HDTV insight please - AVS Forum
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post #1 of 7 Old 01-08-2002, 02:57 PM - Thread Starter
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You guys have alot more knowledge about HDTV. I'm having a discussion in another forum (xbox forum) about game play on HDTVs.

is the below comment true?

A HDTV STILL is REAR projection, just with the added HDTV tuner. Once HDTV tuners become available as a set top box then almost every "normal" t.v. came become a HDTV if ur willing to spend the $$$$. My basic point is you shouldn't be playing Xbox on any t.v. above 36"(HDTV or NOT) because it will ruin the t.v. and cost you a lot of money to fix. I'm just trying to save people from spending extra money.




It just doesnt sound right to me.

Thanks fellas.

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post #2 of 7 Old 01-08-2002, 04:41 PM
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Your thinking is right, the statement is half baked.

HDTV's can be RPTV, FPTV or direct view, just like regular TV's. The similarity ends there, as HDTV's are capable of much higher resolution that standard TV's can not display.

Standard TV resolution is defined as 480i SDTV. In addition, an HDTV (High Definition) is capable of either or both 720p and 1080i. Almost all HDTV's are also capable of 480p EDTV (Enhanced Definition).

Some current X-Box games can produce a 480p EDTV output, which is significantly better than 480i SDTV.

Future X-Box games are slated for 1080i output which is native HDTV, about 6 times the picture information than SDTV.

It is true that an X-Box or HDTV stb can be set to downconvert higher outputs (480p, 720p, 1080i) to 480i. But it would not be EDTV or HDTV, it would only be SDTV.

To take advantage of the the increased resolution of EDTV or HDTV, from X-Box or a stb, you must have an EDTV or HDTV. It's as simple as that.

As far as damaging an HDTV, if you have the set properly adjusted, and do not let fixed graphic images stay on the screen for indefinate periods of time, you should be fine.

And the bigger the HDTV, the more immersive the gaming experience. Immersive = more realistic.

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post #3 of 7 Old 01-08-2002, 05:24 PM - Thread Starter
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Thank you Ken. Would you mind if I copy/paste your explaination over there? You words explain it better than I could paraphrase it.

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post #4 of 7 Old 01-08-2002, 05:42 PM
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Your welcome. Help yourself.

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post #5 of 7 Old 01-17-2002, 05:45 PM
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[quote]Originally posted by Ken H
[b]Your thinking is right, the statement is half baked.


As far as damaging an HDTV, if you have the set properly adjusted, and do not let fixed graphic images stay on the screen for indefinate periods of time, you should be fine.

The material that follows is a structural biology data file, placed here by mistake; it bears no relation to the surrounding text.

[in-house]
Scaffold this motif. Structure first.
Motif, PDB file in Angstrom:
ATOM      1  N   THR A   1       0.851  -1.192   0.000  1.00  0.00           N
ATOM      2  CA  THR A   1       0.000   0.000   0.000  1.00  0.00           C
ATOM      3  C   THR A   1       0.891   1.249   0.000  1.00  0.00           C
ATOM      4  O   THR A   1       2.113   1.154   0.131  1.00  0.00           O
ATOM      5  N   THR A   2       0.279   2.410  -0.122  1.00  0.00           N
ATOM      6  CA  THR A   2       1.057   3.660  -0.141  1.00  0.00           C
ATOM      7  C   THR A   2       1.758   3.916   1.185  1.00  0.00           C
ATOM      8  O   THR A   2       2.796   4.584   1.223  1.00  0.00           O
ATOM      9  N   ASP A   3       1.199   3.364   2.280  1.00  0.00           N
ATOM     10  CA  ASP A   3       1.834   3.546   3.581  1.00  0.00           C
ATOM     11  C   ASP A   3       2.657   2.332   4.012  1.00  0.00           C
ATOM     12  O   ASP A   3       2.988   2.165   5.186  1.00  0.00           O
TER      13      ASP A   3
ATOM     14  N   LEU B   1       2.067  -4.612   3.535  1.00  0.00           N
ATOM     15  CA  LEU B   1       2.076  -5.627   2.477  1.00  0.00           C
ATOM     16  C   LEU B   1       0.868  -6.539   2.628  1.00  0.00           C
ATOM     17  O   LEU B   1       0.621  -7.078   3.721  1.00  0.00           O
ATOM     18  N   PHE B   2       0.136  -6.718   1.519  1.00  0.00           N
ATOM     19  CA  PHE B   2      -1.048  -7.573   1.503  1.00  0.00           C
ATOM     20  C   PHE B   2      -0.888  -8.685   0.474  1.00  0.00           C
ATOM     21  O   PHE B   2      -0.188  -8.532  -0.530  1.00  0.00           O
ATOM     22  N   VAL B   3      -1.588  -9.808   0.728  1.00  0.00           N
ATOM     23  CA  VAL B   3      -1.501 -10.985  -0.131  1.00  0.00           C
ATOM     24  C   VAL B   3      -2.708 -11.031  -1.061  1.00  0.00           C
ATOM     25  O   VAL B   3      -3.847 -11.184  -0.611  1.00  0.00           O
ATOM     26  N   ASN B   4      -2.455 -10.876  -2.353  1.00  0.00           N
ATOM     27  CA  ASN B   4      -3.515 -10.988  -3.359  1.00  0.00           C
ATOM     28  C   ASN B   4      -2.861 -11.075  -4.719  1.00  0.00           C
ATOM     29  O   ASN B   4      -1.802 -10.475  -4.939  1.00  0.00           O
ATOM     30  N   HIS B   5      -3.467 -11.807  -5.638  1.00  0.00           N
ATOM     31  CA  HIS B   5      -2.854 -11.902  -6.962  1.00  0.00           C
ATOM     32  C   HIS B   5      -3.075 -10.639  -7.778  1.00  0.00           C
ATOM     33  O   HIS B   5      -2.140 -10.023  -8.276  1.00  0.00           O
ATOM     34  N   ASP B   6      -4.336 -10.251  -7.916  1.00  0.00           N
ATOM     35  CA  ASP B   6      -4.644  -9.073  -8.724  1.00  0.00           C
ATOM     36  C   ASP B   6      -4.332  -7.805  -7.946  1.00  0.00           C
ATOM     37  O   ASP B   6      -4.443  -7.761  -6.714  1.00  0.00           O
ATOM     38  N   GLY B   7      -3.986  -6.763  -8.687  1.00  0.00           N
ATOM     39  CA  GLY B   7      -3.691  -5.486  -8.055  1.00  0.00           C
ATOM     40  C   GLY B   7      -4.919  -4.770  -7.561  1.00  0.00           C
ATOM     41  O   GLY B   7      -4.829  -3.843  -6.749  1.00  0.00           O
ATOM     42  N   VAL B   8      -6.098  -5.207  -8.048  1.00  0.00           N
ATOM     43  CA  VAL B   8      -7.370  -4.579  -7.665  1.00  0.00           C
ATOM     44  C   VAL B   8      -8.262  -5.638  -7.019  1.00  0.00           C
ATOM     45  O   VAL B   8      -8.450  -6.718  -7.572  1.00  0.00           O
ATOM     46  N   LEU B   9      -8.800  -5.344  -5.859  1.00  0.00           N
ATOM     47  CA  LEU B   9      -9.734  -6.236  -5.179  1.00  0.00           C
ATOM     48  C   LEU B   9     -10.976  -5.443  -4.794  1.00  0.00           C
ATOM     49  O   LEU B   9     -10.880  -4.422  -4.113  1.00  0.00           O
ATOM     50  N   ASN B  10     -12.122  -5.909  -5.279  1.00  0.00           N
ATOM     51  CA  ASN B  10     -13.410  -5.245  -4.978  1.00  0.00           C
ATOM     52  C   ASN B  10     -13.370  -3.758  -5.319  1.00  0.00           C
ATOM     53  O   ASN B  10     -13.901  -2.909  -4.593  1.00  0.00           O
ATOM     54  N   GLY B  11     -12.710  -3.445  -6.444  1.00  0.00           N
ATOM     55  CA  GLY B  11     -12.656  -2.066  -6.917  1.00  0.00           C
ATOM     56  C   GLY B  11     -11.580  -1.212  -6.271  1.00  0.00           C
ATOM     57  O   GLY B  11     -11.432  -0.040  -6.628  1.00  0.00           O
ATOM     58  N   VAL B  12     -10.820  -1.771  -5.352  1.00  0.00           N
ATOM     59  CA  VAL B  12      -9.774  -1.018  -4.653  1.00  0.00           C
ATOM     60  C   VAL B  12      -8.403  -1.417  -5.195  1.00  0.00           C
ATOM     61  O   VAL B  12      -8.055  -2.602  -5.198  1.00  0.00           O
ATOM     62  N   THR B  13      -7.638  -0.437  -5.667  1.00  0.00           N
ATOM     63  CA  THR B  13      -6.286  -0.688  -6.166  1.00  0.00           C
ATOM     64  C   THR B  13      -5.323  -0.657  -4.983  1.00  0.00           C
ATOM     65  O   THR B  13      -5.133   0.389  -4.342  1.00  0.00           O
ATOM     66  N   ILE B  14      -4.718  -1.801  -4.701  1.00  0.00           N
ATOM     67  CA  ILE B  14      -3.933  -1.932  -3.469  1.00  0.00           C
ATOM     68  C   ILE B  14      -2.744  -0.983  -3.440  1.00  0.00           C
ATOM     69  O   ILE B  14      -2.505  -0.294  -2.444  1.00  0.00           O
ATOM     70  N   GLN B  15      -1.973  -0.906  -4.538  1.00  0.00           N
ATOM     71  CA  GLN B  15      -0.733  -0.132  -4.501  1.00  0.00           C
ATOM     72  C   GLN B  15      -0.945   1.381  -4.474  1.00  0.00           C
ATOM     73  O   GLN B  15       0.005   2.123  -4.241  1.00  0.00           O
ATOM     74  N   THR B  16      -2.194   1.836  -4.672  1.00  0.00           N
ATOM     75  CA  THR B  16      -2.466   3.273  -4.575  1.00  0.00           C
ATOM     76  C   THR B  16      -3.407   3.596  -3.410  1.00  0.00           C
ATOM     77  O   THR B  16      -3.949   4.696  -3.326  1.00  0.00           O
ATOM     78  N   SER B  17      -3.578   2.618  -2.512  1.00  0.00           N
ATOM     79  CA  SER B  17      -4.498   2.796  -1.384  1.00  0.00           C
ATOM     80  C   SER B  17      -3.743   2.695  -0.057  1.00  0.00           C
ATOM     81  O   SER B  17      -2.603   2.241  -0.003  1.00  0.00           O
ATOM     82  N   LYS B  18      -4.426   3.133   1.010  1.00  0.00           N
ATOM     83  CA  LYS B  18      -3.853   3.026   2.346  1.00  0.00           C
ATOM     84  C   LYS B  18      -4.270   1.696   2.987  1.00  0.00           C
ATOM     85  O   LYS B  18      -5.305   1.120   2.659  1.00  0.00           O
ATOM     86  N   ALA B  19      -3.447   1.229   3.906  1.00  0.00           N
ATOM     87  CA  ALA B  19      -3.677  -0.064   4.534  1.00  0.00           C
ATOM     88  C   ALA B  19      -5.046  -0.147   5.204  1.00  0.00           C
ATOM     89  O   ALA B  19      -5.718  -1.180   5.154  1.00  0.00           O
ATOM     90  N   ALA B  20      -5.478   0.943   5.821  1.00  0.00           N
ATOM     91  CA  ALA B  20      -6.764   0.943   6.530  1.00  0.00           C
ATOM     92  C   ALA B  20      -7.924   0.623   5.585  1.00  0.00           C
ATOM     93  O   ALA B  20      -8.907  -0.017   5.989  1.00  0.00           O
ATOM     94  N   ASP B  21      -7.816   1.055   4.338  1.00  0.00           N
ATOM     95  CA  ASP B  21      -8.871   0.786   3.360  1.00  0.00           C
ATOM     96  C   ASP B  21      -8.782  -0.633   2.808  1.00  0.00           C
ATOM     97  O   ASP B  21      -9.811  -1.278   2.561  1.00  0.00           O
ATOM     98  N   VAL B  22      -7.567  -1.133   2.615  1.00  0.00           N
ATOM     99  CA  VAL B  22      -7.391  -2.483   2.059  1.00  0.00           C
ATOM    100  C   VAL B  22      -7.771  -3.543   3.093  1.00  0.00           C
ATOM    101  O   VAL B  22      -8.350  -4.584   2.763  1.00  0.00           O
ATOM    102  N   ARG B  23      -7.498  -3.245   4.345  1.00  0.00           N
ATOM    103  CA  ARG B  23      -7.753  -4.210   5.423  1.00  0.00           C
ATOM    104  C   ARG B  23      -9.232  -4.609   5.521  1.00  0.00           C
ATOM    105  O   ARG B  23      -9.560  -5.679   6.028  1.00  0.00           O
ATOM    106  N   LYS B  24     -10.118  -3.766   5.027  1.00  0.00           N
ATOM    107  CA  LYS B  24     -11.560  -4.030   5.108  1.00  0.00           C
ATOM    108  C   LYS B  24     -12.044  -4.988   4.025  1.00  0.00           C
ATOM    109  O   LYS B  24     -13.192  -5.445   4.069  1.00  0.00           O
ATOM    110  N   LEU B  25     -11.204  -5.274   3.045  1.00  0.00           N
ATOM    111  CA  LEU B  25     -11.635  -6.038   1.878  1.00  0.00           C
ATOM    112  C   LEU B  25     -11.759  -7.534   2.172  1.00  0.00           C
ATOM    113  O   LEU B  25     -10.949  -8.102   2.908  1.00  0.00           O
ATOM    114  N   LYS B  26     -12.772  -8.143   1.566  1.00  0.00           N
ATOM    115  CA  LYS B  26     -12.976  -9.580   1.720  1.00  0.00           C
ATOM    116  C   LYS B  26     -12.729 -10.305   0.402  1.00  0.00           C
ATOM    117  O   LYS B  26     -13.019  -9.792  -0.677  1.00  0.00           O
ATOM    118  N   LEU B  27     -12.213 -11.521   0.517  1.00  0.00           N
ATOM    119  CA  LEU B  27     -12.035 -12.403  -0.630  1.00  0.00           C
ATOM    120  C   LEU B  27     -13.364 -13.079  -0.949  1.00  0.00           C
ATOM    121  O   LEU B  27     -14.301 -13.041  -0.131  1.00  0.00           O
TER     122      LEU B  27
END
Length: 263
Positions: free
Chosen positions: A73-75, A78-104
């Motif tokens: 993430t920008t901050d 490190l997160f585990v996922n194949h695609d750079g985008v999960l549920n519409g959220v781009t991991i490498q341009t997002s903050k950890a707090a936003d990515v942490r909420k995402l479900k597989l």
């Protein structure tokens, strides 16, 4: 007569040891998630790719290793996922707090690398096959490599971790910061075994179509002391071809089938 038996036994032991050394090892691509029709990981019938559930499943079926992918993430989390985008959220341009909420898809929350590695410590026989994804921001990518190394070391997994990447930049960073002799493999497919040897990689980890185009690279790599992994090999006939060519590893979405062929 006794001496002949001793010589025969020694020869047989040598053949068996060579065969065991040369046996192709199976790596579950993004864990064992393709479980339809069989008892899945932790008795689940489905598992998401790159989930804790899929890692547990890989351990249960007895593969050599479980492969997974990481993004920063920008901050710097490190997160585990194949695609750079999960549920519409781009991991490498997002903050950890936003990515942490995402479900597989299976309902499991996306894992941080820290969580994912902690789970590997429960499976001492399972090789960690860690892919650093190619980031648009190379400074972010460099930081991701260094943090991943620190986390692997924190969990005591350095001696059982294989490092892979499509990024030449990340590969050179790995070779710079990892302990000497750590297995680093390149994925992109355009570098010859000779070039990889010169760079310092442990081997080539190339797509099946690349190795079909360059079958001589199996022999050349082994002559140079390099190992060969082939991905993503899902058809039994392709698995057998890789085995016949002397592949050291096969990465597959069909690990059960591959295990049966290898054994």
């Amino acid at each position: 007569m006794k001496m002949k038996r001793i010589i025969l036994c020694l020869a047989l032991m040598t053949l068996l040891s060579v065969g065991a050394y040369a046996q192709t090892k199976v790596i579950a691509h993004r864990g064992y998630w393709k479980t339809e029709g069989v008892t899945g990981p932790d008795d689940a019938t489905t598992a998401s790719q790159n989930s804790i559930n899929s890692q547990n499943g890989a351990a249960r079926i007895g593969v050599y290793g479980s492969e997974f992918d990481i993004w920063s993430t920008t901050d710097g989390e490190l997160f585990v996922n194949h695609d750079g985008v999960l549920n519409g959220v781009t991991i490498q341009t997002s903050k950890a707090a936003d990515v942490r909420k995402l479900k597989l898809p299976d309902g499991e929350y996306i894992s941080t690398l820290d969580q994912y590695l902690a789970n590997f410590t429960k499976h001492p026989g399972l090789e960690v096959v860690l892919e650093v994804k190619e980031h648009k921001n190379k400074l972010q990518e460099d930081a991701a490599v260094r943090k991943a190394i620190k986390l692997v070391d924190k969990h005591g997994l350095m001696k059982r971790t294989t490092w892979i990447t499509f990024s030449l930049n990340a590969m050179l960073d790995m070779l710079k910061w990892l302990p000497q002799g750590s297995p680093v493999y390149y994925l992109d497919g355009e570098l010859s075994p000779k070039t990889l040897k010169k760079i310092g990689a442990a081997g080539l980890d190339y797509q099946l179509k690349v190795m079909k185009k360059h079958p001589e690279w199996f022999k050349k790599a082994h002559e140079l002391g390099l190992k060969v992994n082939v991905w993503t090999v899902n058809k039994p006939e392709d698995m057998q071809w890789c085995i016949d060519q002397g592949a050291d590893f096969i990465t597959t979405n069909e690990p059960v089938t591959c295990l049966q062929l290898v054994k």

>>>>>>>>>>>>>>>>>>>>>>>>
Ken,

Could you please expand on that statement a bit? I have a Toshiba 56h80 and have an xbox hooked up via Monster component cables.

I'm a bit concerned with burn in. For instance, while playing Halo, there is a health meter and some other things that are always on the top of the screen.

Now, I don't usually play for more than an hour at a time.

What do you mean by properly adjusted? Should I be worried about burn in?

Thanks,

Brad
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post #6 of 7 Old 01-17-2002, 06:40 PM
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Out of the box, most TV's are set up to have the biggest impact when they are put on the showroom floor. Contrast & brightness are set way too high and can damage a set with or without using video games.

To avoid this problem, get a set up disk. The two most common are Avia and Video Essentials. Either one of them will show you how to properly adjust your set using test patterns. You will then get the best performance, and at the same time reduce the possibility of burn in damage.

Any graphic image left on for extended periods of time will cause burn in, including the 'bugs' (ID) that most TV stations use these days. When not playing the game, simply turn it off.

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post #7 of 7 Old 01-31-2002, 09:03 PM
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A clarification on the burn-in issue if I may.

Burn-in is not specific to HDTV and I think the author didn't mean to imply just HDTV. Rear projection TVs, regardless of whether they are HDTV or analog are suceptible to burn-in damage, but so are DirectViews (just not nearly as much). So is your computer monitor though I think it is fairly rare these days.

Personally I try not to be too obsessed with the contrast setting on my RPTV. I think about it yes, but I purchased my HDTV to watch and enjoy. What good is it if I can't see the image because it is too dim?
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